Nov 052012

Despite the difficulties of everyday life here, Ugandans are good humoured, friendly and generous with their time. We were lucky to meet William through our Rwandan contacts, a young social activist. He gave us help and advice, took us out to see a slum project he is involved with and talked to us about the renewable energy company he is starting. He made a real difference to our Kampala days. In Fort Portal, a Western town famous for its crater lakes and views of the huge Rwenzori mountain, another young man,Paul, took us under his wing. He is the proprietor of the guest house we were staying at. Knowing we were keen to walk out of the town into the hills, he gave up a day to take us on paths we would never have found,through villages and farms, up to a volcanic crater full of trees and then around a crater lake. It was beautiful and peaceful.

On the way up, we had to cross a stream that had flooded the path because of the terrific storm the night before. We waded over, shoes and socks in hand. Paul actually offered to carry us, but we showed we were not that pathetic! As we came back by a different route, we discovered that the main river had flooded over the road, so that there was a wide swathe of water, in places looking quite deep. Crowds were there to look, discuss the possibilities, wait for those coming in the other direction, or prepare to wade. We proceeded calmly to remove our footwear, roll up our trousers and led by Paul, we began the crossing. It caused amusement, consternation and wonder in equal measures that the muzungus could get wet and show their white legs. All the way we were accompanied by laughter and worried helpers, including a little boy who adopted me as his personal charge and took the opportunity to practise his excellent English. He was ragged and grubby so who knows what his life chances are.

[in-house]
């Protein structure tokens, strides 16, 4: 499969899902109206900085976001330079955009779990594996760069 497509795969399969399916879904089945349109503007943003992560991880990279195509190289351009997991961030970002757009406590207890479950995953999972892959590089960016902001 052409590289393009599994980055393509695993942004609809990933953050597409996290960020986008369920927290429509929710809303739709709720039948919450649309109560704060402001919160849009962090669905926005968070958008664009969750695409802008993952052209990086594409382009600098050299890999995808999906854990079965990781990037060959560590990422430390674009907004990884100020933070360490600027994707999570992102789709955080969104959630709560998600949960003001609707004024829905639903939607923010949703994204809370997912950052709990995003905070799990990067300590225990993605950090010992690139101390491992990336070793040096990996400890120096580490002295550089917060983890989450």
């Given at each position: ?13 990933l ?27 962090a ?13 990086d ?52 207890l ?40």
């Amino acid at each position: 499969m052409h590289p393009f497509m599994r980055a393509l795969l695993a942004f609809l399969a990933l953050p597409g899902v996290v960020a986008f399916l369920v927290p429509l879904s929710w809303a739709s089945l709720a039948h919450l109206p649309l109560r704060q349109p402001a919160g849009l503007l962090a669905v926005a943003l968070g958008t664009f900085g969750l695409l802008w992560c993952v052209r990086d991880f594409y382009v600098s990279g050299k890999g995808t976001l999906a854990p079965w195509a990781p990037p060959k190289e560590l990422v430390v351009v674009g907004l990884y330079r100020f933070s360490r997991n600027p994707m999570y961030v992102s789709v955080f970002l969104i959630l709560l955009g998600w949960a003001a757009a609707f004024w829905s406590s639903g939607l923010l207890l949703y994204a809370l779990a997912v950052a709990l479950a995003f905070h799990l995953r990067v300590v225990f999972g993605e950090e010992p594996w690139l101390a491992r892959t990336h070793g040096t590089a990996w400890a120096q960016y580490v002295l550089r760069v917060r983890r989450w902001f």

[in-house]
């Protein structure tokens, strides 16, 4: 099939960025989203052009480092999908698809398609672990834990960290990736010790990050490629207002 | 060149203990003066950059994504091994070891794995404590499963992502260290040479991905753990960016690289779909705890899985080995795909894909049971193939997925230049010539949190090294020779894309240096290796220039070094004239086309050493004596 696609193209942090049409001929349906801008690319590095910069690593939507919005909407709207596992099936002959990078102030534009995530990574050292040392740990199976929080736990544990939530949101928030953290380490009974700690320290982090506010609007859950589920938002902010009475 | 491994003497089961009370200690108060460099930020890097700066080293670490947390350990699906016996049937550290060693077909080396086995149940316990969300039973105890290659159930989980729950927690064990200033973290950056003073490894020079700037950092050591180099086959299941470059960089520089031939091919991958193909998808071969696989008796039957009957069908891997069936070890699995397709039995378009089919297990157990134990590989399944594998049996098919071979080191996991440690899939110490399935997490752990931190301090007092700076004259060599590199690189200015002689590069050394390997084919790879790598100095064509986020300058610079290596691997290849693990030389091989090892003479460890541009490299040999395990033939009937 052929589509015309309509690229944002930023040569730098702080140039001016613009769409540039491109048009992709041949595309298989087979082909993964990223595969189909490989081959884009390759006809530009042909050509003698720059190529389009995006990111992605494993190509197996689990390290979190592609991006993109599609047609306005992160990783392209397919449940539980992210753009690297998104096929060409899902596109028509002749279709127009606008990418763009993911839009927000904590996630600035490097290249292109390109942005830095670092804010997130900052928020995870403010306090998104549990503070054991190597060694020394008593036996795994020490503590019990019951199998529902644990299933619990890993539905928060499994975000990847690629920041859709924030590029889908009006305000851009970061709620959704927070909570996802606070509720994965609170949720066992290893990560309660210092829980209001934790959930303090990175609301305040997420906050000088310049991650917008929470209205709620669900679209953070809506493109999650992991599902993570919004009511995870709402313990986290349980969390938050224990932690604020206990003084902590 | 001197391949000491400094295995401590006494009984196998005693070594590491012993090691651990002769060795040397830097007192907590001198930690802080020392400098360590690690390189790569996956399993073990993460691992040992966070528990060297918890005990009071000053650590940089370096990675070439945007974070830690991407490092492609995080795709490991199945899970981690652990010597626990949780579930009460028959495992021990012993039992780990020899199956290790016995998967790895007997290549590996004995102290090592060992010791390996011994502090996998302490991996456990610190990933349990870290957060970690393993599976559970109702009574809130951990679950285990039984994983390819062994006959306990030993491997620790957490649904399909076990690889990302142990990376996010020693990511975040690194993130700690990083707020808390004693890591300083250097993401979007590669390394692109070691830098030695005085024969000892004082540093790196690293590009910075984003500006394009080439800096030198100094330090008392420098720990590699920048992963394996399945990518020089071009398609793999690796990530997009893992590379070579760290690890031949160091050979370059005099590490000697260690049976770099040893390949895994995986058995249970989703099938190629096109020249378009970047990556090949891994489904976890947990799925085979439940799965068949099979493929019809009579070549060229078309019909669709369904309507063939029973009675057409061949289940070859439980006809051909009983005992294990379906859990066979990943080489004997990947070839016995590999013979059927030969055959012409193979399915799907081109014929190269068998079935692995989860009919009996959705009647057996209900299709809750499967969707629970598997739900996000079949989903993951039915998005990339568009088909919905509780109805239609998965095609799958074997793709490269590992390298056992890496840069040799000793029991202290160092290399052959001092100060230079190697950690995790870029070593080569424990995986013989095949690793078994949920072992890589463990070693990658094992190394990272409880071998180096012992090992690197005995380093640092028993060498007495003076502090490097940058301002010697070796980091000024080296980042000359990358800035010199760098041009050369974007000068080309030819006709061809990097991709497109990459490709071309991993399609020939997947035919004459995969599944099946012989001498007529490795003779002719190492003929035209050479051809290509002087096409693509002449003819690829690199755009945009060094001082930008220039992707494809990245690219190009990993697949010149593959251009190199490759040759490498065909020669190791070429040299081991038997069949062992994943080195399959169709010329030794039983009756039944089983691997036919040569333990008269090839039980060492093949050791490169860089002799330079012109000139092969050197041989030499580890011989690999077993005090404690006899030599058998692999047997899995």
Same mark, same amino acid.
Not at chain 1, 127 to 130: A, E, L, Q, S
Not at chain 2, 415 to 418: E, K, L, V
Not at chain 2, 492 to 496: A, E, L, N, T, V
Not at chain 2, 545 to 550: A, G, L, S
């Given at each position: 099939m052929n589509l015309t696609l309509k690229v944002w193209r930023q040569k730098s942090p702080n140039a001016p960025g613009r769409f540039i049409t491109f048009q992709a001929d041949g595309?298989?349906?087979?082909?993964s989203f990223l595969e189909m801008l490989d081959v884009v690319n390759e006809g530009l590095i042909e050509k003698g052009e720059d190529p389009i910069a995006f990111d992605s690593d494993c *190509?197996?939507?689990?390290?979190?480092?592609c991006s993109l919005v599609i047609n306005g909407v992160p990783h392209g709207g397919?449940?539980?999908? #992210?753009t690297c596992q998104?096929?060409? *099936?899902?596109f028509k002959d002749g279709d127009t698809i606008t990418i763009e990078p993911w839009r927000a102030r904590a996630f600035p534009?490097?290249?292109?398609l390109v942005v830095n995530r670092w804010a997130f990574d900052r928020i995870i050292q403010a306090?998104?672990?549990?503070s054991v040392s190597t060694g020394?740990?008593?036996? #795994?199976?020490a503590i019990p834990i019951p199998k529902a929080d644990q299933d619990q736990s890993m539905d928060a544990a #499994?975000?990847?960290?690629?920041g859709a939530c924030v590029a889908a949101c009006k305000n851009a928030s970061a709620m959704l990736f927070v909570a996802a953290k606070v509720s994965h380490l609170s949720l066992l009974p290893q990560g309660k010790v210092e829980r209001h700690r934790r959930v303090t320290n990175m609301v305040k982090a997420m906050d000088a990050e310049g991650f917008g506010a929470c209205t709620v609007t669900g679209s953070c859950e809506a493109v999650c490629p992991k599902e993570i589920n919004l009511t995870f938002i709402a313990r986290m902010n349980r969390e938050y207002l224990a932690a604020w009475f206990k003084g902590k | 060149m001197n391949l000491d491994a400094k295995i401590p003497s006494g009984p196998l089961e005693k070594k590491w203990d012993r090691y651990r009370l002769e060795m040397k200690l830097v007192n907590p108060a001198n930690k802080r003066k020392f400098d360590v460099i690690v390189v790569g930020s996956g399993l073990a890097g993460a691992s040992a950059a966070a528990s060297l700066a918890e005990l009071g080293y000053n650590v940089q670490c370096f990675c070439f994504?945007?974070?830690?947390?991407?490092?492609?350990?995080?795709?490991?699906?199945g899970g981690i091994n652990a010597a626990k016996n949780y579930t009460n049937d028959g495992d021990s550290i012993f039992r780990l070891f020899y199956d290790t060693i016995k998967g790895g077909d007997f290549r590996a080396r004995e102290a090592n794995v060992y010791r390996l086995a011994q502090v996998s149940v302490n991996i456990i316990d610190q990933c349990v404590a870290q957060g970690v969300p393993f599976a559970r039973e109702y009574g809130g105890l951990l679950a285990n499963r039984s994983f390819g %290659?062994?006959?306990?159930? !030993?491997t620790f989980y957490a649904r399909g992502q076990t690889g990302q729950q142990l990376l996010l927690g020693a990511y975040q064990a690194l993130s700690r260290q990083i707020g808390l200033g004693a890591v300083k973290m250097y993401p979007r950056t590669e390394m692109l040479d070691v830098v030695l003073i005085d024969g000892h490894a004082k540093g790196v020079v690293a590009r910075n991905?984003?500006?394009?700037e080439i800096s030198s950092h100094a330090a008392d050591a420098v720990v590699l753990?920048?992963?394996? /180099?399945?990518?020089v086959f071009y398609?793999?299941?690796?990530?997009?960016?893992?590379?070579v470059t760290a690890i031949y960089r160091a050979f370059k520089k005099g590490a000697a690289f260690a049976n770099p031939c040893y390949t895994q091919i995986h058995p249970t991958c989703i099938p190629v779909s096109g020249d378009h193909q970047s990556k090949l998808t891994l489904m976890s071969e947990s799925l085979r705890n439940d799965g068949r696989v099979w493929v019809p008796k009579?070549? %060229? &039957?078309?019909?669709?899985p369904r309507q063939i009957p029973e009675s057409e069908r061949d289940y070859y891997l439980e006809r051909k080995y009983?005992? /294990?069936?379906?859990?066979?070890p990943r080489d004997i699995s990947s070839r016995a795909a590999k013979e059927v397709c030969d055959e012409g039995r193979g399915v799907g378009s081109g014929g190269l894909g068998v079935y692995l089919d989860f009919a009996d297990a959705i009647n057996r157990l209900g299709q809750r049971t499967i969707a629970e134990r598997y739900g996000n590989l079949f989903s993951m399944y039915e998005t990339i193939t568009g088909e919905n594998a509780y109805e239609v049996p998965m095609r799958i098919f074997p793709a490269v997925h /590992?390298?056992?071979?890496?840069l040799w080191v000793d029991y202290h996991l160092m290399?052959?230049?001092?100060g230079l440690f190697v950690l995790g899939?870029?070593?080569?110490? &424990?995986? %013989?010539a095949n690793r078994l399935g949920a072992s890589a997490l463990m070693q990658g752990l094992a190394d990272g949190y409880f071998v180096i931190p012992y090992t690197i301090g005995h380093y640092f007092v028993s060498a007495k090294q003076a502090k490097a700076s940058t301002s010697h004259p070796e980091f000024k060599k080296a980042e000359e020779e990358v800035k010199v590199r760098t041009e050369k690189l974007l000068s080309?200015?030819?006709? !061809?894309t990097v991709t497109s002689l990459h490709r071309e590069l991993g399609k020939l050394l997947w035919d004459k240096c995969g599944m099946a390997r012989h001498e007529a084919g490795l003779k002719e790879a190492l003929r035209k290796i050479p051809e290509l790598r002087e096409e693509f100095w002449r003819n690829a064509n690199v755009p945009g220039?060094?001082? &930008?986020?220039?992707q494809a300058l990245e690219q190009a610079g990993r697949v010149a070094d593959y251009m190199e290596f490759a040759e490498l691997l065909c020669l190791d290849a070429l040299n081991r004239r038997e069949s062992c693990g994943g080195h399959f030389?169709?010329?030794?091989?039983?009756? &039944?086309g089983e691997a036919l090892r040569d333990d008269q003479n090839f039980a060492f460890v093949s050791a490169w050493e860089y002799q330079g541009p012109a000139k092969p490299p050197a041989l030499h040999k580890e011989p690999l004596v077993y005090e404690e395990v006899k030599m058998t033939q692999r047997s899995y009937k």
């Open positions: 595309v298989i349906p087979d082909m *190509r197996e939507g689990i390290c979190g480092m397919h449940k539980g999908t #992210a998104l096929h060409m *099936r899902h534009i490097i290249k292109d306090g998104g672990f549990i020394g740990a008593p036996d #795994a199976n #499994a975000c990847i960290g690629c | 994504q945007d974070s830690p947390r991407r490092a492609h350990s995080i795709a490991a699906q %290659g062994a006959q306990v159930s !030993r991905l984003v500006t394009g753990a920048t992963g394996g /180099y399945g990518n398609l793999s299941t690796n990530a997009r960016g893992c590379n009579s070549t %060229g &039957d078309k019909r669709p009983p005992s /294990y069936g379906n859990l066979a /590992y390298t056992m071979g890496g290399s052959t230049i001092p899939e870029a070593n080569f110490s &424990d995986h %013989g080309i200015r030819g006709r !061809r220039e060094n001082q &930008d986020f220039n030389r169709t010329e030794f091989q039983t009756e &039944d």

So we have enjoyed Uganda after an uncertain start. And we have been chased by an elephant too. But we were in a jeep and the driver put his foot down . The elephant gave up the chase and we all thought it was thrilling. The driver, the African, thought it was frightening because he, unlike us, understood the dangers.


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